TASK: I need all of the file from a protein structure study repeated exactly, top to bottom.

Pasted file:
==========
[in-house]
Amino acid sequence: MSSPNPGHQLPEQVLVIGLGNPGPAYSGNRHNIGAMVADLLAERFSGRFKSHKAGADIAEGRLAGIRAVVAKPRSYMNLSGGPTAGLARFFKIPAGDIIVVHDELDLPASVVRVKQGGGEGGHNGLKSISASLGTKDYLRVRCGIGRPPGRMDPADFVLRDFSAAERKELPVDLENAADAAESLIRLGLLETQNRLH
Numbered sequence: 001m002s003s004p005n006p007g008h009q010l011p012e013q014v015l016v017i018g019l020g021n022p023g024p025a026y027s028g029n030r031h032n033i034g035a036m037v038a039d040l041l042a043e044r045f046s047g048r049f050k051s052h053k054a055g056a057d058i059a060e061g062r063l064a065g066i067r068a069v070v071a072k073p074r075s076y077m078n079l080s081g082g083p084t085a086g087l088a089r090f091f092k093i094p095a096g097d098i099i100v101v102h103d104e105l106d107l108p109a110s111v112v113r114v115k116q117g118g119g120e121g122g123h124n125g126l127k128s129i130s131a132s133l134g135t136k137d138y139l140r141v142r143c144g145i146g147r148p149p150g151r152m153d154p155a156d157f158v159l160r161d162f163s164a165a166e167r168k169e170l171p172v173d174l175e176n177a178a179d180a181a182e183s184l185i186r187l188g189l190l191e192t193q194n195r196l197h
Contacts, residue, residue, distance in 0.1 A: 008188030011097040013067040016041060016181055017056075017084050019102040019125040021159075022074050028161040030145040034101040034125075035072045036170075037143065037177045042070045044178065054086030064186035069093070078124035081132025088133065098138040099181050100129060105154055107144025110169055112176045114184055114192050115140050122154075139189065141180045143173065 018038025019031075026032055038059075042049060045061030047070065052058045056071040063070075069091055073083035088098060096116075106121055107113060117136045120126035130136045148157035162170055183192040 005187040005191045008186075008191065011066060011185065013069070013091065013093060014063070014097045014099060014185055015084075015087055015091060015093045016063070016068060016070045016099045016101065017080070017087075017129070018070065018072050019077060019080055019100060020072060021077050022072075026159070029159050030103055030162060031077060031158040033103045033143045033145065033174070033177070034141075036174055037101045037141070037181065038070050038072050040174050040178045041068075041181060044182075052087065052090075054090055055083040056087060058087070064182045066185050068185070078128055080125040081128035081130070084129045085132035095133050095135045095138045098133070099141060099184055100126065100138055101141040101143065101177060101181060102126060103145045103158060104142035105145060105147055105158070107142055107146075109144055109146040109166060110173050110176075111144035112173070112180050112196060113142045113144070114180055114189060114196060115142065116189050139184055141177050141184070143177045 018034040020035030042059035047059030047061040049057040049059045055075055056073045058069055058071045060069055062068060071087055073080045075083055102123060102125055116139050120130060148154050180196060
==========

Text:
[in-house]
Amino acid sequence: MSSPNPGHQLPEQVLVIGLGNPGPAYSGNRHNIGAMVADLLAERFSGRFKSHKAGADIAEGRLAGIRAVVAKPRSYMNLSGGPTAGLARFFKIPAGDIIVVHDELDLPASVVRVKQGGGEGGHNGLKSISASLGTKDYLRVRCGIGRPPGRMDPADFVLRDFSAAERKELPVDLENAADAAESLIRLGLLETQNRLH
Numbered sequence: 001m002s003s004p005n006p007g008h009q010l011p012e013q014v015l016v017i018g019l020g021n022p023g024p025a026y027s028g029n030r031h032n033i034g035a036m037v038a039d040l041l042a043e044r045f046s047g048r049f050k051s052h053k054a055g056a057d058i059a060e061g062r063l064a065g066i067r068a069v070v071a072k073p074r075s076y077m078n079l080s081g082g083p084t085a086g087l088a089r090f091f092k093i094p095a096g097d098i099i100v101v102h103d104e105l106d107l108p109a110s111v112v113r114v115k116q117g118g119g120e121g122g123h124n125g126l127k128s129i130s131a132s133l134g135t136k137d138y139l140r141v142r143c144g145i146g147r148p149p150g151r152m153d154p155a156d157f158v159l160r161d162f163s164a165a166e167r168k169e170l171p172v173d174l175e176n177a178a179d180a181a182e183s184l185i186r187l188g189l190l191e192t193q194n195r196l197h
Contacts, residue, residue, distance in 0.1 A: 008188030011097040013067040016041060016181055017056075017084050019102040019125040021159075022074050028161040030145040034101040034125075035072045036170075037143065037177045042070045044178065054086030064186035069093070078124035081132025088133065098138040099181050100129060105154055107144025110169055112176045114184055114192050115140050122154075139189065141180045143173065 018038025019031075026032055038059075042049060045061030047070065052058045056071040063070075069091055073083035088098060096116075106121055107113060117136045120126035130136045148157035162170055183192040 005187040005191045008186075008191065011066060011185065013069070013091065013093060014063070014097045014099060014185055015084075015087055015091060015093045016063070016068060016070045016099045016101065017080070017087075017129070018070065018072050019077060019080055019100060020072060021077050022072075026159070029159050030103055030162060031077060031158040033103045033143045033145065033174070033177070034141075036174055037101045037141070037181065038070050038072050040174050040178045041068075041181060044182075052087065052090075054090055055083040056087060058087070064182045066185050068185070078128055080125040081128035081130070084129045085132035095133050095135045095138045098133070099141060099184055100126065100138055101141040101143065101177060101181060102126060103145045103158060104142035105145060105147055105158070107142055107146075109144055109146040109166060110173050110176075111144035112173070112180050112196060113142045113144070114180055114189060114196060115142065116189050139184055141177050141184070143177045 018034040020035030042059035047059030047061040049057040049059045055075055056073045058069055058071045060069055062068060071087055073080045075083055102123060102125055116139050120130060148154050180196060